The Sulu Sultanate quarrel and wider implications
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The Sulu Sultanate quarrel and wider implications

Could it become a regional flashpoint? asks Asia Sentinel

If it weren’t for many so unnecessary deaths – and the apparent Malaysian need to act tough in advance of its pending national election – the confrontation in Sabah between Malaysian authorities and supporters of the pretender to the Sultanate of Sulu, Jamalul Kiram III, might have seemed comic.

It was hardly comic this morning when Malaysia fighter jets and ground forces including seven army battalions responded with overwhelming force against the 200-odd men of the Royal Sulu Sultanate Army, routing them from a kampung on the eastern Sabah shore at Lahad Datu.

It is questionable whether the force unleashed by the Royal Malaysian Army was necessary, or whether it was more a message to the Barisan Nasional’s voting public of government decisiveness and military prowess. So far, President Benigno S. Aquino in Manila has been quiescent about the Sulu sultan’s claims. But the sight of warplanes bombing a ragtag bunch of their countrymen is not going to sit well with the Filipino public.

Beyond that, the situation is very much a reminder that what were thought permanent national boundaries established at the end of World War II and the 20 years of decolonization which followed may not be so, and that there remains the risk of a wider confrontation that has troublesome potential for the region.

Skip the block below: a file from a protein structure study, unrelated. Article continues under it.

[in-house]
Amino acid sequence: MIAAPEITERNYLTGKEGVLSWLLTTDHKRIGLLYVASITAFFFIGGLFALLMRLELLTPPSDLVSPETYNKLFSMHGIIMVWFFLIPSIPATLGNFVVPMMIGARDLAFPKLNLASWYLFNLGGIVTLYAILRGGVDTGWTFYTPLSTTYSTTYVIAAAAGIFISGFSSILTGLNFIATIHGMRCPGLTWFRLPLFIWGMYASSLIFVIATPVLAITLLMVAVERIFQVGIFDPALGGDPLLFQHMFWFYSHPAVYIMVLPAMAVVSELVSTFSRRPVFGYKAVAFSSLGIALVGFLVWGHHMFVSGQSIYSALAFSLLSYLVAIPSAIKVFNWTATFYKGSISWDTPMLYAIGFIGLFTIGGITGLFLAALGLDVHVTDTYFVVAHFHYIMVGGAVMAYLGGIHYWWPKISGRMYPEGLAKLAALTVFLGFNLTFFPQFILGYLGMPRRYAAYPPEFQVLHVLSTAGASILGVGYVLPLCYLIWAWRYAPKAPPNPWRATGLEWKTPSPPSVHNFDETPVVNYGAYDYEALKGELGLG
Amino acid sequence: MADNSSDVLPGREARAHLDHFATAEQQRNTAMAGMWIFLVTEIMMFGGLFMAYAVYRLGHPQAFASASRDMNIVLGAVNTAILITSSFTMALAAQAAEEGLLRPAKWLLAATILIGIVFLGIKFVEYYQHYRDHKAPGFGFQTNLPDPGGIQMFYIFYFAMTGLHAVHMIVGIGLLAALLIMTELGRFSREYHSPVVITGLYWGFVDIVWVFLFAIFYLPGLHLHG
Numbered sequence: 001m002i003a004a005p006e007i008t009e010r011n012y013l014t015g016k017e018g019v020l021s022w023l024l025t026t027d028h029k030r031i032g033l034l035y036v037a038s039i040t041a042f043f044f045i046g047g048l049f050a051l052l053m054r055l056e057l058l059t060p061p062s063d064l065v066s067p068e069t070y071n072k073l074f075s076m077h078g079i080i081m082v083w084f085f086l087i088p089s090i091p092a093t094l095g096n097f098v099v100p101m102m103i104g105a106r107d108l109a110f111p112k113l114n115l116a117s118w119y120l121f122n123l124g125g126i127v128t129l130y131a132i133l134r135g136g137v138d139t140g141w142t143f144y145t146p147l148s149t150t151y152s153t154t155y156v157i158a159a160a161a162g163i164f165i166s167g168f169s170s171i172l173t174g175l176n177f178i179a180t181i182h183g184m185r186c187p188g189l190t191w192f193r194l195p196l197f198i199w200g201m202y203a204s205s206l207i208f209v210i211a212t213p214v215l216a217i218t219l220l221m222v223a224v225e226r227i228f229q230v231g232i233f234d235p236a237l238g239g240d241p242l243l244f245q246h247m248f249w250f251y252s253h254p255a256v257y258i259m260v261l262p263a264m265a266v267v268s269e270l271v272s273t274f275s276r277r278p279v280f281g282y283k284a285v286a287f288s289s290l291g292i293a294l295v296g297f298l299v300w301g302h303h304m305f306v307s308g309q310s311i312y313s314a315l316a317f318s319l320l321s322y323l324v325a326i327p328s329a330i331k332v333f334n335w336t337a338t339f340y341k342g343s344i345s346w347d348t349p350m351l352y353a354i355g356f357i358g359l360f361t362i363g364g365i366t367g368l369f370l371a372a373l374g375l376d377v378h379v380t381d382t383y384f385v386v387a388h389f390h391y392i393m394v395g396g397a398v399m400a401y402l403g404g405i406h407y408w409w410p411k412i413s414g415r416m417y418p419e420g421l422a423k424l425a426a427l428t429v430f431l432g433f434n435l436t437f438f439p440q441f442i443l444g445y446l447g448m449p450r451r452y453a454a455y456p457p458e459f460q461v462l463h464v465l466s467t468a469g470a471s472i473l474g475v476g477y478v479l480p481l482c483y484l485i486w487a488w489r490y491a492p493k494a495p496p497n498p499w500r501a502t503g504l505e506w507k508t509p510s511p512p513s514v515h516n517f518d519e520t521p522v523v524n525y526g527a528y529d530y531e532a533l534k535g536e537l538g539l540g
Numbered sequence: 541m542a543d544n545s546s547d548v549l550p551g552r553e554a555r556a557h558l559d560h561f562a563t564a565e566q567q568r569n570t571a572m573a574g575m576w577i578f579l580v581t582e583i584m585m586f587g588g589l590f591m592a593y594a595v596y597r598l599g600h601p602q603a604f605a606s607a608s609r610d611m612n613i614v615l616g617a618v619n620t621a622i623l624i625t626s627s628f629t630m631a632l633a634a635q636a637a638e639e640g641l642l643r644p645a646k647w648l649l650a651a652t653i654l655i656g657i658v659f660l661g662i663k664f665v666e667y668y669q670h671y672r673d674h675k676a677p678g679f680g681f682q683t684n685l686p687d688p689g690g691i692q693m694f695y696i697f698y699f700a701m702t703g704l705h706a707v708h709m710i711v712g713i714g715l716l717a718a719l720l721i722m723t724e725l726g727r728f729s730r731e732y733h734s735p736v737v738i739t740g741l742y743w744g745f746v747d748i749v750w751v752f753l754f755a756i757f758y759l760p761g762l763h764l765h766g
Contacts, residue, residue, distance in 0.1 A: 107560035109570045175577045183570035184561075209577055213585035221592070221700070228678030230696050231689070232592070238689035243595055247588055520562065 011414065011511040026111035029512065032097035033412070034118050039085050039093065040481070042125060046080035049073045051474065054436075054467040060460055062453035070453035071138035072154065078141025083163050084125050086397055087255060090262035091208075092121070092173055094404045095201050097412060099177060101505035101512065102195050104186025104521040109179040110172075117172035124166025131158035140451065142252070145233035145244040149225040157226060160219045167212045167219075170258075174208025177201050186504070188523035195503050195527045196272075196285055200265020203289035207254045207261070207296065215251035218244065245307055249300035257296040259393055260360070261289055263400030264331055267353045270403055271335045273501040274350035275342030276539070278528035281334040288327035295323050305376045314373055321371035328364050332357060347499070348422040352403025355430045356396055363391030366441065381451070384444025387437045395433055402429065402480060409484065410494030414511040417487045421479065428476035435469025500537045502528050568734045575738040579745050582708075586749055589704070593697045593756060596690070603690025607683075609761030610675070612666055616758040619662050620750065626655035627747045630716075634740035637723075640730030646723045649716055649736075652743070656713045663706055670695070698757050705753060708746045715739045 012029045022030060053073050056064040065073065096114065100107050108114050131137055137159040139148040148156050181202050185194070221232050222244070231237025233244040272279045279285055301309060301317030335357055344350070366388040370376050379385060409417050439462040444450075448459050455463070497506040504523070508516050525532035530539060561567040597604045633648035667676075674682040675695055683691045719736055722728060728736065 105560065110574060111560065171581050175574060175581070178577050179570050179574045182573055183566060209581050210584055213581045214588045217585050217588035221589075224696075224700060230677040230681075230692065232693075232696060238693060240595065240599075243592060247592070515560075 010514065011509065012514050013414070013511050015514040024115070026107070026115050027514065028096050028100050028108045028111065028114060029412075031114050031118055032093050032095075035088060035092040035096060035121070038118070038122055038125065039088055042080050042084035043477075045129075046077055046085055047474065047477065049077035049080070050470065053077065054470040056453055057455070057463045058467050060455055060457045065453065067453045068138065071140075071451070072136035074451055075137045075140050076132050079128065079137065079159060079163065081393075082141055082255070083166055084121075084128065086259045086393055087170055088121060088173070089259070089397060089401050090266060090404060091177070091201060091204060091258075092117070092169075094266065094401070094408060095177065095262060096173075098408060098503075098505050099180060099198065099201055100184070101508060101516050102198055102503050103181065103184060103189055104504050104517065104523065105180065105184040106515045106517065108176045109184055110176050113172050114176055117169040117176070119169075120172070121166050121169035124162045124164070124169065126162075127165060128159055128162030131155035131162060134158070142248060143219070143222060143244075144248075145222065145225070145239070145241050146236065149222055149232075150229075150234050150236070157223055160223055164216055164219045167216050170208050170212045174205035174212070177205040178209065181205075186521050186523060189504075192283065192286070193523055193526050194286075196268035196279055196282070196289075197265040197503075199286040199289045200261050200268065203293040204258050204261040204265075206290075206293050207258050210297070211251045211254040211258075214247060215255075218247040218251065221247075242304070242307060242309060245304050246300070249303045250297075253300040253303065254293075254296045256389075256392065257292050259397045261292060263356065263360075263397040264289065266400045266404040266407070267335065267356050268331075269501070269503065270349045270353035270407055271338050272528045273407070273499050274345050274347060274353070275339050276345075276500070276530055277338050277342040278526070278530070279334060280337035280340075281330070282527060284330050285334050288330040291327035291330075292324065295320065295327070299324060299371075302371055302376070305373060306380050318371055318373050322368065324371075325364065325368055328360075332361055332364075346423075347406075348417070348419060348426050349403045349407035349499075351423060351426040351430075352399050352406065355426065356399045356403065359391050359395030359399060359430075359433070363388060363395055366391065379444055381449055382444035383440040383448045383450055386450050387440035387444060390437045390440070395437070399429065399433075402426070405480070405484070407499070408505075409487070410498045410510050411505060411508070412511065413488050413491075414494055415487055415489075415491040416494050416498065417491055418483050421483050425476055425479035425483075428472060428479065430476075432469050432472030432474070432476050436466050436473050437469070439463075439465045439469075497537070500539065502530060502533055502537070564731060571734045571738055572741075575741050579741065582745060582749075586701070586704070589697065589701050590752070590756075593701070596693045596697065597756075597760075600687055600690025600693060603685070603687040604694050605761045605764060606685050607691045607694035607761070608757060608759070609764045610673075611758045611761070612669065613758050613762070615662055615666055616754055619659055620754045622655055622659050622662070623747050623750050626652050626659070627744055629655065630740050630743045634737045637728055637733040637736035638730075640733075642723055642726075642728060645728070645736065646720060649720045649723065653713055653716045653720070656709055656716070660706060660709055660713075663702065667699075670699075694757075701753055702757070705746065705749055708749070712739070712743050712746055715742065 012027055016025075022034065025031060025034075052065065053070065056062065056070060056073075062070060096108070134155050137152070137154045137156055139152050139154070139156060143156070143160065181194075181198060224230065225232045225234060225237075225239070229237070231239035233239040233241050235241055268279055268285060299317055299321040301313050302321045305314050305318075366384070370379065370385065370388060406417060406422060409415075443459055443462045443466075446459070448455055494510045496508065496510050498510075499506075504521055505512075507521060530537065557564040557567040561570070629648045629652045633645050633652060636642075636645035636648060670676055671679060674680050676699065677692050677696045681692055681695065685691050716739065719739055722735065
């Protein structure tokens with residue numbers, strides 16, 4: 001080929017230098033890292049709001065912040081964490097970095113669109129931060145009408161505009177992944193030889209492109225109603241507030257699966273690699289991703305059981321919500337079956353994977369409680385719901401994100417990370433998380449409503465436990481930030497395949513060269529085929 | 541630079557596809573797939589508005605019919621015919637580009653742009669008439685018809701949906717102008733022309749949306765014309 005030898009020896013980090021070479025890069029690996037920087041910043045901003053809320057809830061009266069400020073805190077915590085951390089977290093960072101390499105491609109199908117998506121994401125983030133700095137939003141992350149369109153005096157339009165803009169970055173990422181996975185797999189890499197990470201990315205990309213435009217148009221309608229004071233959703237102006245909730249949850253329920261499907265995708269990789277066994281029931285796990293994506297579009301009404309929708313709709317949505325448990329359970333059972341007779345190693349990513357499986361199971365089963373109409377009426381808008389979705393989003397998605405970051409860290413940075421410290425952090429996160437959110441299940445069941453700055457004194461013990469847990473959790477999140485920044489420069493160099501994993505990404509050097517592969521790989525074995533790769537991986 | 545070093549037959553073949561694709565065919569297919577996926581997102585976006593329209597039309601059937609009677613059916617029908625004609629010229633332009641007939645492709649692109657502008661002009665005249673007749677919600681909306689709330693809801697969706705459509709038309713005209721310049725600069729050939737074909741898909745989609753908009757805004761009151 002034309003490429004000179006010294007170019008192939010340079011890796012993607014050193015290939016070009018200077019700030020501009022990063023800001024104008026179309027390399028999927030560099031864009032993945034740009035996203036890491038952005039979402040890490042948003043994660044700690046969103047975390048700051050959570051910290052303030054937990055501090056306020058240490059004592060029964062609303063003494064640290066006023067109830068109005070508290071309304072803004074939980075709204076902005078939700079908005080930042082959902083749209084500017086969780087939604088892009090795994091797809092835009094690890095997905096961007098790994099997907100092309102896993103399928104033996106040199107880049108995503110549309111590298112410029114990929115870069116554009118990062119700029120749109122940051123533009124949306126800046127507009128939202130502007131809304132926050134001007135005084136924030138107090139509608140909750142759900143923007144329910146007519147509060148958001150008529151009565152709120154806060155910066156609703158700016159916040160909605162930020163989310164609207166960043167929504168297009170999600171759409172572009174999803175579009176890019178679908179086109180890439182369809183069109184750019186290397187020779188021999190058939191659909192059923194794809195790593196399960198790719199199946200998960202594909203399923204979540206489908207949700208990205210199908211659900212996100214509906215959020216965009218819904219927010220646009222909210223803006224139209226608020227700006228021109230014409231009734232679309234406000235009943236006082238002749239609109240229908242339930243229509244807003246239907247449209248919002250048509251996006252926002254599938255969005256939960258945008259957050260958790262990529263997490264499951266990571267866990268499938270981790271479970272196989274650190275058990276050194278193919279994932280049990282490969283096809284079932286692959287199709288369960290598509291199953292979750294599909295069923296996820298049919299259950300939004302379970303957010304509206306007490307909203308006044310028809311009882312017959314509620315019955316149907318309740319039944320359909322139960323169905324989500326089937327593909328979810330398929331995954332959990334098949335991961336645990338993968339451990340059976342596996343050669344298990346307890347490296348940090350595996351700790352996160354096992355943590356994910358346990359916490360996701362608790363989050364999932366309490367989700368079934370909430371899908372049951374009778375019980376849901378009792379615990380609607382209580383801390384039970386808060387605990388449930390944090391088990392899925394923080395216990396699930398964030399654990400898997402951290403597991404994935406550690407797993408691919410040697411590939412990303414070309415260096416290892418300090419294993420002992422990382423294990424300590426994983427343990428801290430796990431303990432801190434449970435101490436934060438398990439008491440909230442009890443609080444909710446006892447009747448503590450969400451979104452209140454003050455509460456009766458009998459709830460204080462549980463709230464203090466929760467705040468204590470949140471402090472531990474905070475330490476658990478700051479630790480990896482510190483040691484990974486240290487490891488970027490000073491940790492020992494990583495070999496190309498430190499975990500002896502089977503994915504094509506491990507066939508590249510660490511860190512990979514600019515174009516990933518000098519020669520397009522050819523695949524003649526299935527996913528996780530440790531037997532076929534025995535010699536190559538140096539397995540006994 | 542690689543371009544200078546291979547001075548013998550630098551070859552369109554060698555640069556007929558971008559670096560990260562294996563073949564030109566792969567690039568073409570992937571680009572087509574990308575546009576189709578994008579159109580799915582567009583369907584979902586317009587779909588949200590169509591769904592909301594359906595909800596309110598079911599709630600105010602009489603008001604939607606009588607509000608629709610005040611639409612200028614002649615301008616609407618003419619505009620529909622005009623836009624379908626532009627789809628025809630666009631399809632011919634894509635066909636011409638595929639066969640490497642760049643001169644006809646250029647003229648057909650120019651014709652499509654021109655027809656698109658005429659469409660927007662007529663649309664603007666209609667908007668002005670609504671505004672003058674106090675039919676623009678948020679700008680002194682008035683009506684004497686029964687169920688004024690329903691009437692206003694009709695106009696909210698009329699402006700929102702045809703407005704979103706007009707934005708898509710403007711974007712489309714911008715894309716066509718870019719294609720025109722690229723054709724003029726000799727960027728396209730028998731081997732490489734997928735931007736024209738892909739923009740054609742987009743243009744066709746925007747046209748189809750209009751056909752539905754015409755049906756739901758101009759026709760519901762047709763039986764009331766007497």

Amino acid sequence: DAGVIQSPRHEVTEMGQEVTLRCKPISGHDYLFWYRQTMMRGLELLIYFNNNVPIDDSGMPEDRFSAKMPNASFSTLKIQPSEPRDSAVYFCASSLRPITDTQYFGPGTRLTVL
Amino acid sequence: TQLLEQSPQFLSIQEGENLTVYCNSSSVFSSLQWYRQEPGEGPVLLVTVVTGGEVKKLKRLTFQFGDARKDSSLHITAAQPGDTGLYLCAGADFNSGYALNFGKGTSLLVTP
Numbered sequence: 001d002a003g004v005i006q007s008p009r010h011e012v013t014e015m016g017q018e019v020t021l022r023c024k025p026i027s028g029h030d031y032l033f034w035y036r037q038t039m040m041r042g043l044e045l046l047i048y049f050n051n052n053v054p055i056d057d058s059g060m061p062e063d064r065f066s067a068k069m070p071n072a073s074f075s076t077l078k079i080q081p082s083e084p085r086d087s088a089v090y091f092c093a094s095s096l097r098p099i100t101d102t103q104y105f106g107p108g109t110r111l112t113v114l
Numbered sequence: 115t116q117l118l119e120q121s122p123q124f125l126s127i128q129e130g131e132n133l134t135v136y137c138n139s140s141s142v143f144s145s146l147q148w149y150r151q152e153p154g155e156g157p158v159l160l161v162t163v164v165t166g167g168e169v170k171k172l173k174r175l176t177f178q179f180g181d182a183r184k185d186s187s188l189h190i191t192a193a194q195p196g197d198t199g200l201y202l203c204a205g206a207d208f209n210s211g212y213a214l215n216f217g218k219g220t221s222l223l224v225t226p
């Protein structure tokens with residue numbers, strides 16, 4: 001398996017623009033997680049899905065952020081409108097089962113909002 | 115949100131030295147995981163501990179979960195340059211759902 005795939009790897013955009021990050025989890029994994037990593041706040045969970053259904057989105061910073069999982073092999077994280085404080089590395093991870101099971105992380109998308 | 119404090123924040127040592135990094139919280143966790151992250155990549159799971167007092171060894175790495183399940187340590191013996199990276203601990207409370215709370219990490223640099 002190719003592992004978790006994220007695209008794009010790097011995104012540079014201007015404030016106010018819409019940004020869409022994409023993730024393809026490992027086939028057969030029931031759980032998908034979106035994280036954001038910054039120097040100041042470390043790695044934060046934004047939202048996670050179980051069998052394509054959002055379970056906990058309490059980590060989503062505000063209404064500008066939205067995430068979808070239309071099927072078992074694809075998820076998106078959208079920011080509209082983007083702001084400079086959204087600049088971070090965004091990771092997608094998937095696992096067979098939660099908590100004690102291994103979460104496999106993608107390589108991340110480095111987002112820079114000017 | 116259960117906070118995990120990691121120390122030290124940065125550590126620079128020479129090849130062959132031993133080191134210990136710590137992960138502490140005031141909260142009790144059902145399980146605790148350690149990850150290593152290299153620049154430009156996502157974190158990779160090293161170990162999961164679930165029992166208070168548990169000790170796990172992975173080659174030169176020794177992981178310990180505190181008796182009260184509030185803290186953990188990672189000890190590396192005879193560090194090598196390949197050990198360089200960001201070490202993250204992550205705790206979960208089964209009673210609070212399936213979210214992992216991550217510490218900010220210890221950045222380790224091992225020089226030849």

For instance the tragic events at Lahad Datu coincide with two other issues involving Sabah and its immediate Borneo neighbors, Sarawak and independent Brunei. One is the Chinese claim to waters stretching almost to the northern coast of Borneo and thus to waters within the Exclusive Economic Zones of Malaysia and Brunei.

Malaysia has so far kept a low profile during the confrontations between China and Vietnam and the Philippines. But the Chinese claim to Malaysia-held islands and waters will not go away, however far Malaysia buries its head in the sand. Indeed, there are some in the East Malaysian states who feel that Kuala Lumpur’s low profile on an issue so important to them reflects an attitude that the two states are only important so long as they provide resources and votes for the Barisan Nasional, or national ruling coalition led by the United Malays National Organization, the country’s biggest ethnic political party.

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